(xviii) Dextromethorphan, except drug products that may be dispensed pursuant to a prescription order of a practitioner and are sold in compliance with the safety and labeling standards as set forth by the United States Food and Drug Administration, or drug products containing dextromethorphan that are sold in solid, tablet, liquid, capsule, powder, thin film, or gel form and which are formulated, packaged, and sold in dosages and concentrations for use as an over-the-counter drug product. For the purposes of this Section, "over-the-counter drug product" means a drug that is available to consumers without a prescription and sold in compliance with the safety and labeling standards as set forth by the United States Food and Drug Administration.
(2) Any salt, compound, isomer, derivative or preparation thereof which is chemically equivalent or identical with any of the substances referred to in subparagraph (1), but not including the isoquinoline alkaloids of opium;
(3) Opium poppy and poppy straw;
(4) Coca leaves and any salt, compound, isomer, salt of an isomer, derivative, or preparation of coca leaves including cocaine or ecgonine, and any salt, compound,isomer, derivative, or preparation thereof which is chemically equivalent or identical with any of these substances, but not including decocainized coca leaves or extractions of coca leaves which do not contain cocaine or ecgonine (for the purpose of this paragraph, the term "isomer" includes optical, positional and geometric isomers);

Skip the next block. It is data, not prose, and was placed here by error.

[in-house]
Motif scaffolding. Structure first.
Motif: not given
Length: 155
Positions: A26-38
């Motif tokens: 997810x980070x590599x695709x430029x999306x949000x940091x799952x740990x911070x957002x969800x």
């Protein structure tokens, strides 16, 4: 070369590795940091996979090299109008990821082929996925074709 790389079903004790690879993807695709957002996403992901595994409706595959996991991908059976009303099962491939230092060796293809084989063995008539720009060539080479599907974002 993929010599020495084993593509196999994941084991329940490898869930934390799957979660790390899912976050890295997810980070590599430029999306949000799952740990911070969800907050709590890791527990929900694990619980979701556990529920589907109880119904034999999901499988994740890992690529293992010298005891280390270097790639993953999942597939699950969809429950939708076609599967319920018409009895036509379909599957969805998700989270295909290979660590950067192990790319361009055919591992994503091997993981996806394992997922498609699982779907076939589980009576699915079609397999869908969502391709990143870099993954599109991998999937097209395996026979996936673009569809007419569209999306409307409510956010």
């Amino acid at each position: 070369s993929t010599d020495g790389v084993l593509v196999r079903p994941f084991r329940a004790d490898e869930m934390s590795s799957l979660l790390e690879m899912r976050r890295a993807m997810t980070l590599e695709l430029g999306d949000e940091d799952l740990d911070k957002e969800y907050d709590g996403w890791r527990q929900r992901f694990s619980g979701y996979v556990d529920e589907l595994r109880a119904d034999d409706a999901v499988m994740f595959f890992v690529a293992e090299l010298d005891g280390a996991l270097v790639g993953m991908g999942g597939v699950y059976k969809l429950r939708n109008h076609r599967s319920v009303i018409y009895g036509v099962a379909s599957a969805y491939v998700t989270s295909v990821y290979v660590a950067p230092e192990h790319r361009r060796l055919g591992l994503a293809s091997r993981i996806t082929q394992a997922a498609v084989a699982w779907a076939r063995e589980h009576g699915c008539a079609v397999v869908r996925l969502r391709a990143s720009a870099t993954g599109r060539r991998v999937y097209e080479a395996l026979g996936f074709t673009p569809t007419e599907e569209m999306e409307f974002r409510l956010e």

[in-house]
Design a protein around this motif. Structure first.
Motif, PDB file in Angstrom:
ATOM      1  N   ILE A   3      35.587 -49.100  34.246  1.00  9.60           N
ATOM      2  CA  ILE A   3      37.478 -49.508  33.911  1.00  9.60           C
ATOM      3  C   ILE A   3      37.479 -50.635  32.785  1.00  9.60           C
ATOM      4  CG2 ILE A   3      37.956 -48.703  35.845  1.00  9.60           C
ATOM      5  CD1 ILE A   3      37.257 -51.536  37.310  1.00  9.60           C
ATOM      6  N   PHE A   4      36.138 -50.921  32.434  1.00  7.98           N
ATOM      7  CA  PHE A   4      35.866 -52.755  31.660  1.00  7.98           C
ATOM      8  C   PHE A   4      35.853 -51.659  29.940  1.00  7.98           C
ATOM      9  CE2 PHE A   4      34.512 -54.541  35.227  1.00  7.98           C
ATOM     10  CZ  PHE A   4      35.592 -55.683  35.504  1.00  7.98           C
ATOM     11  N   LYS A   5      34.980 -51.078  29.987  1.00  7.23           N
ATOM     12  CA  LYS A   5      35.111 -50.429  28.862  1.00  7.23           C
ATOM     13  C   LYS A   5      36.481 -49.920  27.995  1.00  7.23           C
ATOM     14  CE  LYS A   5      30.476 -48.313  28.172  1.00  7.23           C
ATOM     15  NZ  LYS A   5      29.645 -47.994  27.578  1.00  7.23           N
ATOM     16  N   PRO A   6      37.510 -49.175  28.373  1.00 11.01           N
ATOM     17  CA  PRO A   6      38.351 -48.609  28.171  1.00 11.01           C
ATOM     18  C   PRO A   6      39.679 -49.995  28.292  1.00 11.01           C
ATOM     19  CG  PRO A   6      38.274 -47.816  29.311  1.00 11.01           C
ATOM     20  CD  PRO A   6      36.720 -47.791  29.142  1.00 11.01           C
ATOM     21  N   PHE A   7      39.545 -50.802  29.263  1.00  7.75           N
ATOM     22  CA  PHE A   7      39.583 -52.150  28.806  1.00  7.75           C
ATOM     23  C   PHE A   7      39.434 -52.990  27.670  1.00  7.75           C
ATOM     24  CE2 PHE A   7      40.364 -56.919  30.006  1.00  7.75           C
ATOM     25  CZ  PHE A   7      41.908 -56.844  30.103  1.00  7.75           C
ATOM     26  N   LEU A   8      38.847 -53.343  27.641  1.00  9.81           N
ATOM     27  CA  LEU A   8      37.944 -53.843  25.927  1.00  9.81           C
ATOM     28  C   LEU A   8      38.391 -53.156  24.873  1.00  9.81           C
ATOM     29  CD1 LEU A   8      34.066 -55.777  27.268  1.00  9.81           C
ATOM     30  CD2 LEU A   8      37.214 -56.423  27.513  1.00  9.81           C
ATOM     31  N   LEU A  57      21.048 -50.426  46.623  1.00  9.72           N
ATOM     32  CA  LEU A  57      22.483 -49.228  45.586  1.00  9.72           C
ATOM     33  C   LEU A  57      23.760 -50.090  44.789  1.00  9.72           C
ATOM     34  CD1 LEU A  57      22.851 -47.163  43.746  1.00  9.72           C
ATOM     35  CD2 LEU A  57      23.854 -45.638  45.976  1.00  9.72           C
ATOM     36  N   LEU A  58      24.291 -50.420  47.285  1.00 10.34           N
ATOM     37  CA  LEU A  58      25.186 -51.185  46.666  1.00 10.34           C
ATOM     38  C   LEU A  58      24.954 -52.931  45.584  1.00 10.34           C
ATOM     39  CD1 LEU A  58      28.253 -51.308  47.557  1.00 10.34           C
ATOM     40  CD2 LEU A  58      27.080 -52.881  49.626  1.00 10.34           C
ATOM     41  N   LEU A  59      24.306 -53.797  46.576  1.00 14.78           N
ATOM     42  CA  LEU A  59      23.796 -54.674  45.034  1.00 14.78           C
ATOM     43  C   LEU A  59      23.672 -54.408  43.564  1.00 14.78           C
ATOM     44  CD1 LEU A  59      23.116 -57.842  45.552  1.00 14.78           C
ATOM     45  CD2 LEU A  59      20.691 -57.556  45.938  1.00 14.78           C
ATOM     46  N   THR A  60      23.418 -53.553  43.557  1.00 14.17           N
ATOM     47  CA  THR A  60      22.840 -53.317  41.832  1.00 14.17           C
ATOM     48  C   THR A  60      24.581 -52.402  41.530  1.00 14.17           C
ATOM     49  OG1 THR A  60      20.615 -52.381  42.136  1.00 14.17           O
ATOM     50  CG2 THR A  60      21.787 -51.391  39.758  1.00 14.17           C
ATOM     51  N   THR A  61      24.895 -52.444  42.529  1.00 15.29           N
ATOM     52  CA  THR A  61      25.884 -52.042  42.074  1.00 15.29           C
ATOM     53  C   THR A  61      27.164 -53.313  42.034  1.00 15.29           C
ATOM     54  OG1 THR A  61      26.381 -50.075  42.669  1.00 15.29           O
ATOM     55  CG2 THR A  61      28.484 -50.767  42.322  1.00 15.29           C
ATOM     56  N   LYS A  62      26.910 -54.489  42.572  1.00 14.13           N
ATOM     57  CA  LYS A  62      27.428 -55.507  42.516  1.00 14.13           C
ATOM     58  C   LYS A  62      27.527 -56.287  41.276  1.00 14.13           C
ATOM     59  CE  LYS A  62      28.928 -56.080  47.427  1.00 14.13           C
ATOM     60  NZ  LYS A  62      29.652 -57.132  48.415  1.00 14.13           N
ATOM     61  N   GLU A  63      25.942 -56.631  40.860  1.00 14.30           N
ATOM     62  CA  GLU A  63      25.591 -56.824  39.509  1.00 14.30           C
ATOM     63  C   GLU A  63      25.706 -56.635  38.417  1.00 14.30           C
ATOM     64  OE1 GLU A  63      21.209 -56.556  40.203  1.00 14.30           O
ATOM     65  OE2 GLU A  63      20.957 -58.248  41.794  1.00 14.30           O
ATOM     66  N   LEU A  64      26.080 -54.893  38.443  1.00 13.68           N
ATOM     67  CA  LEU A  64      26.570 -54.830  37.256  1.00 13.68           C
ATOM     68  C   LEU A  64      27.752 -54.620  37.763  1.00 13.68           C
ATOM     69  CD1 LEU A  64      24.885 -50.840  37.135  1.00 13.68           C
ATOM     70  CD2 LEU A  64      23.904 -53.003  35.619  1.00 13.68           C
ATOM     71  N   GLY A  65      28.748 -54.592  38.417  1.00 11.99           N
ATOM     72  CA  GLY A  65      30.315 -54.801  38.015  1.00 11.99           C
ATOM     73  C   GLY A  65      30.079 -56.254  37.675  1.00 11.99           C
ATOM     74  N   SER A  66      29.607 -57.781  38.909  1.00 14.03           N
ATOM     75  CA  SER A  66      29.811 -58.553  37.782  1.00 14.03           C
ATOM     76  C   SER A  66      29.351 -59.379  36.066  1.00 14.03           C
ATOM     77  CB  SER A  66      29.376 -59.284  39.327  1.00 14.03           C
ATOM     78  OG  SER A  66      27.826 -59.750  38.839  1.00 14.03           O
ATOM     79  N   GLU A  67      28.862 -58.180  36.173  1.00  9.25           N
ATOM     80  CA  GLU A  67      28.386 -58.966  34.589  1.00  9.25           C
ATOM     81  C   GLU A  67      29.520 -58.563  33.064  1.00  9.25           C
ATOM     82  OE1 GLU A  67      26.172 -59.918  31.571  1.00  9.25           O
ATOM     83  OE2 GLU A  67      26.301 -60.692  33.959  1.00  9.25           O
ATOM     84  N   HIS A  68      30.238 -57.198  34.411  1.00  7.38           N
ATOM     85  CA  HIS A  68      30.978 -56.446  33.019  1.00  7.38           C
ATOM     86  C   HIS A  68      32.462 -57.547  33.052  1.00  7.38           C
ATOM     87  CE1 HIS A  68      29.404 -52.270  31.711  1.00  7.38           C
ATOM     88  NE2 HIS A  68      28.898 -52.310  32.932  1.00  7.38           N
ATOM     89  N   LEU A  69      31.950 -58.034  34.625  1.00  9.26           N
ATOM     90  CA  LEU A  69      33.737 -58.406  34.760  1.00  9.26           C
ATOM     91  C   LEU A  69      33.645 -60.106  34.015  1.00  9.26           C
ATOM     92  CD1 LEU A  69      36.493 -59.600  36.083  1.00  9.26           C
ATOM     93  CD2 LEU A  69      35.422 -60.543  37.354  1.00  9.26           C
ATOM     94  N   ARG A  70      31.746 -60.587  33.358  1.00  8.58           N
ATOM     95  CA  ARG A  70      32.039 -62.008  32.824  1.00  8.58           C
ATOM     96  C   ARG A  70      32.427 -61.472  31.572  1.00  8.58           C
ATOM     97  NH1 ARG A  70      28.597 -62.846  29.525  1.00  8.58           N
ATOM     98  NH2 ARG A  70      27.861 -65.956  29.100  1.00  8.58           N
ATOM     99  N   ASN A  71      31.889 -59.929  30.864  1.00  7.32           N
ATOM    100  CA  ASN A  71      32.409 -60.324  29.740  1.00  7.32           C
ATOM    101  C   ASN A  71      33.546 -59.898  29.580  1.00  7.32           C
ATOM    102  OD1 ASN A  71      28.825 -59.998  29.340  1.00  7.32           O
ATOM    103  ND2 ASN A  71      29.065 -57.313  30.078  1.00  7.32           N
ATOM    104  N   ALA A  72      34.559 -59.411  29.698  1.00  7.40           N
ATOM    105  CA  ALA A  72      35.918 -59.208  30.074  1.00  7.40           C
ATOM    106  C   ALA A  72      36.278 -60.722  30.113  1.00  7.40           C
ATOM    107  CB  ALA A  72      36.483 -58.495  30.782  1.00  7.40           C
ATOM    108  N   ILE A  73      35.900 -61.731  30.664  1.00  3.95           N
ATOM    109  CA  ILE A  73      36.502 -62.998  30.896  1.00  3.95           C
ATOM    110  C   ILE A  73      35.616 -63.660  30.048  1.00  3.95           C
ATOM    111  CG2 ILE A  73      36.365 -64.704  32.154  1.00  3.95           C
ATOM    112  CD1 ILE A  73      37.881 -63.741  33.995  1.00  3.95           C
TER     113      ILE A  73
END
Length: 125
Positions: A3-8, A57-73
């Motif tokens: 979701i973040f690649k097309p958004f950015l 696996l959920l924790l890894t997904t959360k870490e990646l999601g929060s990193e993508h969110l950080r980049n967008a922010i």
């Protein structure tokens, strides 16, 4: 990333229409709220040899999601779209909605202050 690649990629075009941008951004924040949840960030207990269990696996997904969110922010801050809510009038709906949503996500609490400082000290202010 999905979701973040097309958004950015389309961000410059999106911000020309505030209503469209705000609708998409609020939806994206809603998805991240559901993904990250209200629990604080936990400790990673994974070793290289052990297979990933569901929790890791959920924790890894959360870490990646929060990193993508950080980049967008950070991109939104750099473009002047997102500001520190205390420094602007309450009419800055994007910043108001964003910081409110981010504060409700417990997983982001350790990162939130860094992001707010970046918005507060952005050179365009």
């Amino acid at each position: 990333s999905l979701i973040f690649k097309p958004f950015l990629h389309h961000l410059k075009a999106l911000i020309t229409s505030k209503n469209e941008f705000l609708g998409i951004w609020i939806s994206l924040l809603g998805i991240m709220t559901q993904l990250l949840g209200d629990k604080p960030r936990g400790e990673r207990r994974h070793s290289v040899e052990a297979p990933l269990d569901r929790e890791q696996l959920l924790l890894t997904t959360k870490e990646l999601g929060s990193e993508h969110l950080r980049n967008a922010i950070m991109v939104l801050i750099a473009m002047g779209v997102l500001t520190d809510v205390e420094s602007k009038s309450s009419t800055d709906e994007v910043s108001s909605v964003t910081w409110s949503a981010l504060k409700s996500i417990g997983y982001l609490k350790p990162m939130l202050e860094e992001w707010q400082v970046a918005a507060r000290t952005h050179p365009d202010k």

(5) Concentrate of poppy straw (the crude extract of poppy straw in either liquid, solid or powder form which contains the phenanthrine alkaloids of the opium poppy).
(c) Unless specifically excepted or unless listed in another schedule any of the following opiates, including their isomers, esters, ethers, salts, and salts of isomers, whenever the existence of these isomers, esters, ethers and salts is possible within the specific chemical designation, dextrorphan excepted:
(5) Bulk Dextropropoxyphene (non-dosage forms);
(12) Levorphanol (Levorphan);
(15) Methadone-Intermediate, 4-cyano-2-dimethylamino-4, 4-diphenyl-1-butane;
(16) Moramide-Intermediate, 2-methyl-3-morpholino-1, 1-diphenylpropane-carboxylic acid;
(17) Pethidine (meperidine);
(18) Pethidine-Intermediate-A, 4-cyano-1-methyl-4-phenylpiperidine;
(19) Pethidine-Intermediate-B, ethyl-4-phenylpiperidine-4-carboxylate;